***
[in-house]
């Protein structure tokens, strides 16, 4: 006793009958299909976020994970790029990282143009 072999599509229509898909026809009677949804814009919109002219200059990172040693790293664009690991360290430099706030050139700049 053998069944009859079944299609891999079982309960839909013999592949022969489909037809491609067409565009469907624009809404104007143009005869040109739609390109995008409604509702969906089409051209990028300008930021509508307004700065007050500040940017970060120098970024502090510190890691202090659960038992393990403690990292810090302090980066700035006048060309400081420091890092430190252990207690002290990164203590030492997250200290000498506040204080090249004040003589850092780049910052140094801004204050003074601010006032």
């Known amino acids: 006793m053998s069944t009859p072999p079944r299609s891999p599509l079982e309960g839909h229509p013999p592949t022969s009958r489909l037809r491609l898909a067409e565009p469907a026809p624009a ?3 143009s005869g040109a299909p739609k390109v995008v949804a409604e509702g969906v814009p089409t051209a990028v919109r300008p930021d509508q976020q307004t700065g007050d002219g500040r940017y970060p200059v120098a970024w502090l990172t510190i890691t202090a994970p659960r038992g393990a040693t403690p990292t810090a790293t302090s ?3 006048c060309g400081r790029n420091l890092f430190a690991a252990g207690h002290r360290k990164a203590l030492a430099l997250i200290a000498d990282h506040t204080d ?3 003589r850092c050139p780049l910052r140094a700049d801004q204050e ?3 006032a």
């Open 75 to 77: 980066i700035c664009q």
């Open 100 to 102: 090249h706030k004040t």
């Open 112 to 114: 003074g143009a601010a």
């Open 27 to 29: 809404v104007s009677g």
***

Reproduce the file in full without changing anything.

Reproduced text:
[in-house]
């Protein structure tokens, strides 16, 4: 006793009958299909976020994970790029990282143009 072999599509229509898909026809009677949804814009919109002219200059990172040693790293664009690991360290430099706030050139700049 053998069944009859079944299609891999079982309960839909013999592949022969489909037809491609067409565009469907624009809404104007143009005869040109739609390109995008409604509702969906089409051209990028300008930021509508307004700065007050500040940017970060120098970024502090510190890691202090659960038992393990403690990292810090302090980066700035006048060309400081420091890092430190252990207690002290990164203590030492997250200290000498506040204080090249004040003589850092780049910052140094801004204050003074601010006032």
């Known amino acids: 006793m053998s069944t009859p072999p079944r299609s891999p599509l079982e309960g839909h229509p013999p592949t022969s009958r489909l037809r491609l898909a067409e565009p469907a026809p624009a ?3 143009s005869g040109a299909p739609k390109v995008v949804a409604e509702g969906v814009p089409t051209a990028v919109r300008p930021d509508q976020q307004t700065g007050d002219g500040r940017y970060p200059v120098a970024w502090l990172t510190i890691t202090a994970p659960r038992g393990a040693t403690p990292t810090a790293t302090s ?3 006048c060309g400081r790029n420091l890092f430190a690991a252990g207690h002290r360290k990164a203590l030492a430099l997250i200290a000498d990282h506040t204080d ?3 003589r850092c050139p780049l910052r140094a700049d801004q204050e ?3 006032a």
């Open 75 to 77: 980066i700035c664009q």
């Open 100 to 102: 090249h706030k004040t």
């Open 112 to 114: 003074g143009a601010a």
């Open 27 to 29: 809404v104007s009677g």